I have been called names like “Silly fool” to “Out of your mind” when I told them that I will be back in Singapore for at least the whole of this year. Some may even sacrifice a finger to be in my position. Many friends have complained to me that during weekend, they do not know what to do or where to go. After a while, many simply stay at home, watch their DVDs or sleep the weekend away. After repeating such monotonous activities for a few years, some will try their luck at a job overseas and if successful, never want to return to their homeland again after spending a few good years abroad.
Country sizes aren’t equal, so property isn’t equal. And that got me thinking: If you were to uproot and leave, where could a Singaporean afford to stay? The answer: Almost anywhere, and like a damn king. As it turns out, all that money we spend on a glorified sardine can of a flat could buy you small wonders elsewhere. Check out the alternatives:
The National Environment Agency (NEA) has warned that the number of dengue cases reported last week — 492 or an eight-year weekly high — could worsen in five weeks. In a projection based on weather factors, mosquito breeding, previous dengue cases and seasonality, it estimated that numbers could double and possibly even breach 1,000 casesa week, before Singapore hits peak transmission season.
THE Chope Food for the Needy movement is a heartening sign of an evolving society, where the average Joe can play a part, no matter how small, to help those who are less fortunate ("'Chope food for needy' wins praise"; Monday). However, I have concerns over the methodology used. Yes, the movement promotes random acts of kindness and is not meant to supersede existing community assistance measures. However, the supply of assistance is subject to donor whims and fancies, and is therefore unreliable.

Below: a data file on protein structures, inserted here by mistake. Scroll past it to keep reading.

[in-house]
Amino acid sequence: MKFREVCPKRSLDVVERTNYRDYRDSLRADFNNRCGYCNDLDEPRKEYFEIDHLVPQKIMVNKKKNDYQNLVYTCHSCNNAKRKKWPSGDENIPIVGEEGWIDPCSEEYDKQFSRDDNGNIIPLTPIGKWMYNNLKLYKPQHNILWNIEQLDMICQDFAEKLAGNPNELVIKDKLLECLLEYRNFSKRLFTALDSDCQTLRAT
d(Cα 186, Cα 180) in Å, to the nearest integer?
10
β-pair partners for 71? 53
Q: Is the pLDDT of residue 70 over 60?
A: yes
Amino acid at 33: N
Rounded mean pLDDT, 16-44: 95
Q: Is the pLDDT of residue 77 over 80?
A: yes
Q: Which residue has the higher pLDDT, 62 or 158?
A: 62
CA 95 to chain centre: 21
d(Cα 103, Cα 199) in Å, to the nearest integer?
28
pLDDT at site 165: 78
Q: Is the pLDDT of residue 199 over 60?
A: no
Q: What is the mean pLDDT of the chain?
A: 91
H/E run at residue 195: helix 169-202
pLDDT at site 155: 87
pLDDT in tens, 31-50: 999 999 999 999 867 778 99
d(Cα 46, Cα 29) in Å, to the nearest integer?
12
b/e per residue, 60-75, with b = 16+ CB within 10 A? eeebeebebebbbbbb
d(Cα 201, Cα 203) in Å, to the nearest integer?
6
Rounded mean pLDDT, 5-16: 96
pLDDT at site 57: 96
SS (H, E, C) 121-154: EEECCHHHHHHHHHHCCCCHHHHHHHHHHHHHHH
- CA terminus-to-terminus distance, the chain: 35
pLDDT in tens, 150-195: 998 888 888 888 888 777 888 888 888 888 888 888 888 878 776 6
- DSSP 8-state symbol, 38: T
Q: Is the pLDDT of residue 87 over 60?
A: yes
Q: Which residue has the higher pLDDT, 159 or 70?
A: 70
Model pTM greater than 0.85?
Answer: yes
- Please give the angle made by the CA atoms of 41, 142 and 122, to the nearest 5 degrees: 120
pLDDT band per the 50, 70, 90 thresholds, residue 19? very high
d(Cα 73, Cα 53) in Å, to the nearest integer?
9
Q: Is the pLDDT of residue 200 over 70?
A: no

This April, my daughter, a straight A student from Hwachong JC, learnt that she was rejected from Stanford University. Understandably, our family was very upset, none more so that my daughter, who had worked so hard for years to build up an exemplary portfolio and score well for her examinations. But as difficult as it was to accept, I persuaded her to look past the failure and focus on the future. So, our family began to pick up the pieces.
Recap: In Part 1, we ended off with “Comment: Fast forward to today – ComCare receives 70,000 applications for financial assistance in 1 year against less than 4,000 in 1999!” S & C C increases continue despite operating surpluses & $2b funds? “According to Jurong Town Council’s annual report for 2008/2009, it had a surplus for the year of $1.5 million, and an accumulated surplus of $3.2 million. This is after transferring $11.7 million to the sinking fund, giving a total reserve of $79.3 million.
The explosives that killed three and wounded more than 170 at the Boston Marathon were made of pressure cookers packed with metal and ball bearings, a person briefed on the investigation said on Tuesday. A person briefed on the attack, which left the streets splattered with blood and glass, said the explosives were in six-liter pressure cookers and placed in black duffel bags that were placed on the ground. The person said the duffel bags contained shards of metal, nails and ball bearings.
A second victim in the Boston Marathon bombings has been identified: Krystle M. Campbell, a 29-year-old originally from Medford, Mass. Her father, William A. Campbell Jr., told Yahoo News he's in shock that his daughter was killed. "My daughter was the most lovable girl. She helped everybody, and I'm just so shocked right now. We're just devastated," he said. "She was a wonderful, wonderful girl. Always willing to lend a hand."